Escaping the active/passive conundrum
I have always struggled with whether to explain the relationship between active and passive verbs. My students seem to understand the formula, but they still struggle when it comes to meaning. Lately, I’ve been trying to focus more on providing examples of the passive in a natural context. In addition, I’ve been trying to focus them more on meaning and use. The downloadable activities model correct use of the passive but require students to participate in meaning making, in this case using the past passive for storytelling.
Getting Your Students to Use Passives in a Common Context
Some of the most natural contexts for passives are in reports—police reports, insurance claims, lab-experiment reports, etc. In reporting what happened, the writer or the speaker may not know who or what caused a situation. They only know what happened. Have your students generate a real report, and see how many passives they naturally use.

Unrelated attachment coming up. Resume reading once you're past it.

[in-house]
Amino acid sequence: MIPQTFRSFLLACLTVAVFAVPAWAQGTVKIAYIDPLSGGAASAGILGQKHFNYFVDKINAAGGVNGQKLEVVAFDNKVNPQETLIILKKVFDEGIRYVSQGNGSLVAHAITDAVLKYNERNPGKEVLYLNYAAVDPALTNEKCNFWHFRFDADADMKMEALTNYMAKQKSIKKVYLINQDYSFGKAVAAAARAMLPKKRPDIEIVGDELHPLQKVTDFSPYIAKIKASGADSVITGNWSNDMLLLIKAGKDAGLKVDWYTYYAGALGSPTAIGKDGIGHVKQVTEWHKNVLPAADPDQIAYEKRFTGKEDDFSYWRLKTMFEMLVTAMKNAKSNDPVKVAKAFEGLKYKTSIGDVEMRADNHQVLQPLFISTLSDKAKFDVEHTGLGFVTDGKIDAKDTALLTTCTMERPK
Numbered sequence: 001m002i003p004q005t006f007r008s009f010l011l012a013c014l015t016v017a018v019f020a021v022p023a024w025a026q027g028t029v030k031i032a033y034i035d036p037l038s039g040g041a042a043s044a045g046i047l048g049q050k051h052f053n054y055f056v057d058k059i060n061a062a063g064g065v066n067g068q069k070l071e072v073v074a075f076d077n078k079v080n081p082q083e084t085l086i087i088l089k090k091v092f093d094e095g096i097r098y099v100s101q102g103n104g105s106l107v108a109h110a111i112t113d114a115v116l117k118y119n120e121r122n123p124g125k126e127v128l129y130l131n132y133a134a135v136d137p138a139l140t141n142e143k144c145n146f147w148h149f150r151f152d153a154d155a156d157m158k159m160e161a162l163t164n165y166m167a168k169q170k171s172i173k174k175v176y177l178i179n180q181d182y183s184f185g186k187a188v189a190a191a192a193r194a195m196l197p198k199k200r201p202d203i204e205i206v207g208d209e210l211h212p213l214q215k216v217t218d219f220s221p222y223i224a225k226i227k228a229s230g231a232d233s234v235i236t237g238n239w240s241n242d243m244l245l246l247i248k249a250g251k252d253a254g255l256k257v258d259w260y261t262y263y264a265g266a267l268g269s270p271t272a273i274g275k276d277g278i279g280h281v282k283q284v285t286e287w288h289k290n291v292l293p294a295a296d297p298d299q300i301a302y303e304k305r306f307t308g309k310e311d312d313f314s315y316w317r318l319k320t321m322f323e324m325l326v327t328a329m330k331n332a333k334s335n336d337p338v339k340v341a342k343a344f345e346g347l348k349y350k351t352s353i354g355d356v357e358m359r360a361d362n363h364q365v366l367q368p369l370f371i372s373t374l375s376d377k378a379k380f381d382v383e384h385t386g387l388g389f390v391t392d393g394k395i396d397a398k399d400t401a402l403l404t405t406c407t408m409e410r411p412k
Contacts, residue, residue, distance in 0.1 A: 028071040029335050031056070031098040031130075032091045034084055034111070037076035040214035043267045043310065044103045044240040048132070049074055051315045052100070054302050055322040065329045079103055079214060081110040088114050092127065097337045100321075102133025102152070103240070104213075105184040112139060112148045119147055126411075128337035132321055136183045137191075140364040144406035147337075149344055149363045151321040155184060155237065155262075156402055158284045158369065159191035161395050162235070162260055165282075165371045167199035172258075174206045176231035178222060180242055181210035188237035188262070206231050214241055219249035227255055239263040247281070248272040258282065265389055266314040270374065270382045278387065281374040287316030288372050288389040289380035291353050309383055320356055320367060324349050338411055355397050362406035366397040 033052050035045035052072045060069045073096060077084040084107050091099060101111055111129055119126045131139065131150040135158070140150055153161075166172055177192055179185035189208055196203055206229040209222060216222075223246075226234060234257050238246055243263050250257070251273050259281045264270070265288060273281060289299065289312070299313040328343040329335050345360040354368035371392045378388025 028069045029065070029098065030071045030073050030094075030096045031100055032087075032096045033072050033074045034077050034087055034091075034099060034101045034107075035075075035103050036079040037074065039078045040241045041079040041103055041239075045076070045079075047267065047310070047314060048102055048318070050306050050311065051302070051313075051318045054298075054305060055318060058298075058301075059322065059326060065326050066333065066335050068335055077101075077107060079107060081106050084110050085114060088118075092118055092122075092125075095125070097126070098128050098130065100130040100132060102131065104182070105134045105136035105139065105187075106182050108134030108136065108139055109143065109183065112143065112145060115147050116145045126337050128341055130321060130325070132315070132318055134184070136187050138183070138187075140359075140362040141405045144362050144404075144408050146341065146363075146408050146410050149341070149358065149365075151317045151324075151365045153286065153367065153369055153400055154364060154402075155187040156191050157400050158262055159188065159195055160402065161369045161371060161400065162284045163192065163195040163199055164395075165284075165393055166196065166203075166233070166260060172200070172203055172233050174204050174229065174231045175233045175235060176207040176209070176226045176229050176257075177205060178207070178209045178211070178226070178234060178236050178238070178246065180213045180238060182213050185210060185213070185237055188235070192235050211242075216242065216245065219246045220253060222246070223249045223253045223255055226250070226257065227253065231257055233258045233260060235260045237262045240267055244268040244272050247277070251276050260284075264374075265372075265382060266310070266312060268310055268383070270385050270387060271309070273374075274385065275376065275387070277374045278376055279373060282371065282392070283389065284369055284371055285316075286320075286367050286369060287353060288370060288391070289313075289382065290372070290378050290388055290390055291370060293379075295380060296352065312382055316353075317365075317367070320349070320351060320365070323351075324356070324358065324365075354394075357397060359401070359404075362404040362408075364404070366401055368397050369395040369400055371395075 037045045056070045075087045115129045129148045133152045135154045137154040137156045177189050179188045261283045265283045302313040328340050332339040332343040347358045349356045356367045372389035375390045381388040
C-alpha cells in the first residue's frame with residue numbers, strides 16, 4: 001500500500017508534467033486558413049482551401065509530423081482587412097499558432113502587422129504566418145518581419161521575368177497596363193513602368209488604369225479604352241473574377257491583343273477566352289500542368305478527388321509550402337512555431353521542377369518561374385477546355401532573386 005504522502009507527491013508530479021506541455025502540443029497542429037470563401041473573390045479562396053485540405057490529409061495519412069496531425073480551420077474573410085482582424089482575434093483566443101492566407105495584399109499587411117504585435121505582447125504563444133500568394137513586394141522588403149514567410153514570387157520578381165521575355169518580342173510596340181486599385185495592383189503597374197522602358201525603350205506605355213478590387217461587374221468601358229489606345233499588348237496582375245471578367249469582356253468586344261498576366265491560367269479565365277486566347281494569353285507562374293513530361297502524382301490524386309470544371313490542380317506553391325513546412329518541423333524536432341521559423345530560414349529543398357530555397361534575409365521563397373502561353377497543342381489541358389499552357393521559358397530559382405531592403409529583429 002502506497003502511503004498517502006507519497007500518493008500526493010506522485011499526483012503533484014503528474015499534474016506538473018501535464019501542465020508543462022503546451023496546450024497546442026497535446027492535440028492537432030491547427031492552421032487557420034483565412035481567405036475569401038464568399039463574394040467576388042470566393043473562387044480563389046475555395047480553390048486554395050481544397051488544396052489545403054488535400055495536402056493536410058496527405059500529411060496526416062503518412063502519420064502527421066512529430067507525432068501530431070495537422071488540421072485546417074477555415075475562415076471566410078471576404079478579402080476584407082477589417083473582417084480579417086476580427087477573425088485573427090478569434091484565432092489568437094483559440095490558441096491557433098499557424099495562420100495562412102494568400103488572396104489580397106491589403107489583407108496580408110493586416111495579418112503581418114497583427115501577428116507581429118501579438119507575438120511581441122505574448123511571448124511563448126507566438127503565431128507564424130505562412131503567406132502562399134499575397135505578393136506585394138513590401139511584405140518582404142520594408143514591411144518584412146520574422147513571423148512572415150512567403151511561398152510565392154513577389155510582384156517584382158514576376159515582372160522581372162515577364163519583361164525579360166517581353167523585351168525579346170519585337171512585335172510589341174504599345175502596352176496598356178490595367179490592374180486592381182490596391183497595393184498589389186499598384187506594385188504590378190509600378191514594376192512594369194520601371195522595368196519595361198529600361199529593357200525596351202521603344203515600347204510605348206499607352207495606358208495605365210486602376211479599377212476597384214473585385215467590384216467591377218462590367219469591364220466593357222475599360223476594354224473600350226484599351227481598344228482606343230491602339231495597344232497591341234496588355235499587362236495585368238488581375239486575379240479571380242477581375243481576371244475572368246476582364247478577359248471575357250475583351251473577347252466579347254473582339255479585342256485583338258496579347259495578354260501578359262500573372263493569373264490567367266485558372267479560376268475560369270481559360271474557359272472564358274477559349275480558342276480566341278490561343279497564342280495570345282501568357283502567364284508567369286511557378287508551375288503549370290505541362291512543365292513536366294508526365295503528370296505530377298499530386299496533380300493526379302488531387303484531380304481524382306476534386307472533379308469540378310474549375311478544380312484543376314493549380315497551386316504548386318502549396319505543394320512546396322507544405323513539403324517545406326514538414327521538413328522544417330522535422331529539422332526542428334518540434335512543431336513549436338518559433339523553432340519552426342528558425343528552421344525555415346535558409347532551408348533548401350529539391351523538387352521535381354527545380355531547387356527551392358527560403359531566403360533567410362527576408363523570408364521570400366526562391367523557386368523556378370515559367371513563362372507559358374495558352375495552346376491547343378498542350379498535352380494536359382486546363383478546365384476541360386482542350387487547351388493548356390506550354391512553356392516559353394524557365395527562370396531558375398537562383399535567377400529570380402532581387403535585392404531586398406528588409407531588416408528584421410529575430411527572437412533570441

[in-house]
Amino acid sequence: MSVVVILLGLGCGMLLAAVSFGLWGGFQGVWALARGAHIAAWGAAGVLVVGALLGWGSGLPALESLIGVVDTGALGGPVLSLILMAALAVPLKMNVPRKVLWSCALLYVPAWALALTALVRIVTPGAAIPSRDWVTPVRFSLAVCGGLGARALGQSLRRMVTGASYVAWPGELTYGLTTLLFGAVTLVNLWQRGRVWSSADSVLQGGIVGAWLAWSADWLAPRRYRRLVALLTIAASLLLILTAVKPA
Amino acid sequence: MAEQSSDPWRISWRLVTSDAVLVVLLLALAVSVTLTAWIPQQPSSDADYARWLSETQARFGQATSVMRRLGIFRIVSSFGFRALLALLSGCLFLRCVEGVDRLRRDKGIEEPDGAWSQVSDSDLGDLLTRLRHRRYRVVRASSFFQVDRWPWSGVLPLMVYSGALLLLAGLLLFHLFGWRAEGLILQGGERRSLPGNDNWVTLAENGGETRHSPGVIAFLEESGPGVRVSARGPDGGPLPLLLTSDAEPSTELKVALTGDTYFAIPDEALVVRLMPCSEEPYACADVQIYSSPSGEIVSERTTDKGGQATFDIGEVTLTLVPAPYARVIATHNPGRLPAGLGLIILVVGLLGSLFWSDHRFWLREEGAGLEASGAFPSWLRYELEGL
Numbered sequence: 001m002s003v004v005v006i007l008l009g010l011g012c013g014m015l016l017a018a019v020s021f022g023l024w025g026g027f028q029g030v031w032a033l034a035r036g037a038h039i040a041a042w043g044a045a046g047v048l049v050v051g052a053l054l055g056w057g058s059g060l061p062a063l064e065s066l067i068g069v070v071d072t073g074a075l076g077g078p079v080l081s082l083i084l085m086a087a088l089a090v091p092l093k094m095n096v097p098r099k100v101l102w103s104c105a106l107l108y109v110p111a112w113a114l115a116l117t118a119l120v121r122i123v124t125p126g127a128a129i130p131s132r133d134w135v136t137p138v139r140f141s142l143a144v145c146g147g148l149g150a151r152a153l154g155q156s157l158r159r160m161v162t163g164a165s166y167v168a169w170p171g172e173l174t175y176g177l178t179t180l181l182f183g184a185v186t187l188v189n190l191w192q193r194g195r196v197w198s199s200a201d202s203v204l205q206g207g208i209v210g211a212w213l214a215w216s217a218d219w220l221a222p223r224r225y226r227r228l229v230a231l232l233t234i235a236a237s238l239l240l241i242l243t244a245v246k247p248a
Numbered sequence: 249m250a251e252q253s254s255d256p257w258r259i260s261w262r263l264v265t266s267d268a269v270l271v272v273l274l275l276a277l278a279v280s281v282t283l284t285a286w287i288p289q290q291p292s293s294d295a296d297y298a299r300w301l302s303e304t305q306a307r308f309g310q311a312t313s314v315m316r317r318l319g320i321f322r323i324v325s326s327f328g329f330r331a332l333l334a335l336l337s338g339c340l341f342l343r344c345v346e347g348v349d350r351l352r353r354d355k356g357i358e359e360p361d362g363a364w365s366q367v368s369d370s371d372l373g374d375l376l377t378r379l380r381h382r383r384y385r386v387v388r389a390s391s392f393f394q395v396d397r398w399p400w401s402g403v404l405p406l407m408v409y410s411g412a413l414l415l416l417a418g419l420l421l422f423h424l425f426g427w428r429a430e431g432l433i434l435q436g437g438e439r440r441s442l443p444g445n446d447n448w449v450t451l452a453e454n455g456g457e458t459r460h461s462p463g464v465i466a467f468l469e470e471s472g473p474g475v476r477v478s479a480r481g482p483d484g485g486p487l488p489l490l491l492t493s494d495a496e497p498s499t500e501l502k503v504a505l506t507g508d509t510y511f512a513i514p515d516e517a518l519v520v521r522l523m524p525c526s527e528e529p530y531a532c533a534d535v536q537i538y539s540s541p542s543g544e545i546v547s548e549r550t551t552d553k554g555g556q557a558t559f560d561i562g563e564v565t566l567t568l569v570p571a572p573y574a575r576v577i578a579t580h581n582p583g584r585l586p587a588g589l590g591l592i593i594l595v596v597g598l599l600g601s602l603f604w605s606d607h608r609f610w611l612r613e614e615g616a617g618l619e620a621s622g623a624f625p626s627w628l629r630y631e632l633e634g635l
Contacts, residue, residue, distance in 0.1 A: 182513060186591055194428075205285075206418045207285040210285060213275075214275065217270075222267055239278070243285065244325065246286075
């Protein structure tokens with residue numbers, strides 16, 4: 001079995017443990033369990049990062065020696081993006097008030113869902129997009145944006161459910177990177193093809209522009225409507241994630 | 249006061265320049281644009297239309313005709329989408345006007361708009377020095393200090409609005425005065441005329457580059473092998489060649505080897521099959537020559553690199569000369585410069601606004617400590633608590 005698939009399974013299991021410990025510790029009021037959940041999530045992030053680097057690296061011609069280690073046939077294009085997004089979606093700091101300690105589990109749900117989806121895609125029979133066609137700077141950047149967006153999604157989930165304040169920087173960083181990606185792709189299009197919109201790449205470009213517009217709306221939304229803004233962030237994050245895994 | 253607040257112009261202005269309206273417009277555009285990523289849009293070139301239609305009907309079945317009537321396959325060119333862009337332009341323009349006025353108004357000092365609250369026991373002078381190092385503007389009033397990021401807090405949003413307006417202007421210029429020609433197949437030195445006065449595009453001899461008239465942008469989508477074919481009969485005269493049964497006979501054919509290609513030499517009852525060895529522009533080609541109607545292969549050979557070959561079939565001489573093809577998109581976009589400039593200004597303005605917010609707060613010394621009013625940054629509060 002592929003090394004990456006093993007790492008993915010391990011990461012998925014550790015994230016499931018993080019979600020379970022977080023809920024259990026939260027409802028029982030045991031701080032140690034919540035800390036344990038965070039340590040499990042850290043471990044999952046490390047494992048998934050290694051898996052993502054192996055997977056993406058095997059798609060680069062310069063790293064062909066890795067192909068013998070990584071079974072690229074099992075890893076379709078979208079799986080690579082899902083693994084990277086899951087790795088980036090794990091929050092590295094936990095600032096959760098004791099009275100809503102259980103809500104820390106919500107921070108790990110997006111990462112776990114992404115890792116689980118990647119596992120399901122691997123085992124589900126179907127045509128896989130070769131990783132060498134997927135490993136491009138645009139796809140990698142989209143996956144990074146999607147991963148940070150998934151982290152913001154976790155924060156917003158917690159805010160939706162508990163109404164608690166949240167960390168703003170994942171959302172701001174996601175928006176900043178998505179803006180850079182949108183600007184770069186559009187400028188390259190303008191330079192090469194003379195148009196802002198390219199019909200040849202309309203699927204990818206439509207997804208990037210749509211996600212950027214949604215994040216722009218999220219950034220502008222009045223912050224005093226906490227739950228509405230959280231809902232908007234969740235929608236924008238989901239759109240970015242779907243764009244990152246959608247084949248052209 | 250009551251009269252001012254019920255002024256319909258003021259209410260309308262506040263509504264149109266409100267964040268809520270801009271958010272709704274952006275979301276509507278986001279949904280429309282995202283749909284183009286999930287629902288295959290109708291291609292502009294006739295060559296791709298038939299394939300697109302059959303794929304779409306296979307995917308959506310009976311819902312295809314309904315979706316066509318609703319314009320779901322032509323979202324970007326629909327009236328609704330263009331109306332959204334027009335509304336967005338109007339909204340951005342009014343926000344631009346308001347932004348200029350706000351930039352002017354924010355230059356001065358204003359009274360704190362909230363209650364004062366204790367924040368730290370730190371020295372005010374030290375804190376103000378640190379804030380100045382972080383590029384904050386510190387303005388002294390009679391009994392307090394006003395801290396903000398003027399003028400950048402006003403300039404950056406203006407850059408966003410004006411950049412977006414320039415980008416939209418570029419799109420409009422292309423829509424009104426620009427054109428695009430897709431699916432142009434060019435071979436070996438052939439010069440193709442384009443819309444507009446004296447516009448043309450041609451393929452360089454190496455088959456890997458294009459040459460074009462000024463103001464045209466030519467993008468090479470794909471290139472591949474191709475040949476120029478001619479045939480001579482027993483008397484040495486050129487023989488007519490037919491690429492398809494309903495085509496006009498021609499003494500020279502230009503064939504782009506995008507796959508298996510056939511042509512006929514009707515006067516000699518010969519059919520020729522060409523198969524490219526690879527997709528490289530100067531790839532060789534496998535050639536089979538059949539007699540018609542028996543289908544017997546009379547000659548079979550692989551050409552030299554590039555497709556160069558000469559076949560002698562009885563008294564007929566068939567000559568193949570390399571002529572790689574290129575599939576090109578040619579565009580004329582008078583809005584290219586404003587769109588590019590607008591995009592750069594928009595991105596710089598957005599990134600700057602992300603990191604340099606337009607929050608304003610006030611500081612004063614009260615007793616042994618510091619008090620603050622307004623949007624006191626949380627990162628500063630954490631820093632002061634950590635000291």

- Divide students into teams of 3 or 4 students each.
- Assign each team to bring to class a pillowcase, medium-sized box, or some other container full of little things from home. The objects can be anything—picture frames, tennis balls, cell-phone chargers, whatever.
- Pair each team with another. These two teams will challenge each other to write / deliver orally the most complete report.
- Team A arranges its objects on a table or on the floor. Any arrangement is fine. Team A studies its arrangement, trying to fix in memory as many aspects of the arrangement as possible. TEAM A MAY NOT TAKE A PICTURE OF THE ARRANGEMNET. Team A then leaves the room or otherwise goes to a place where they can’t see what happens to their arrangement.
- Team B arrives. Before touching anything, they take a picture (probably with a cell phone) of Team A’s arrangement.
- Team B then moves / removes / adds to / inverts / or otherwise tampers with a certain number of objects (perhaps 10 or 12) in Team A’s arrangement. Team B then takes a picture of the re-arranged scene.
- Team A returns and tries to list—in a full sentence with a passive verb, if possible—every change made by Team B.
- The teams reverse roles.
- When both lists of sentences are complete, each team reports to the other. The team receiving the report compares pictures to see if the reporting team got everything. The receiving team also underlines every passive verb in the report.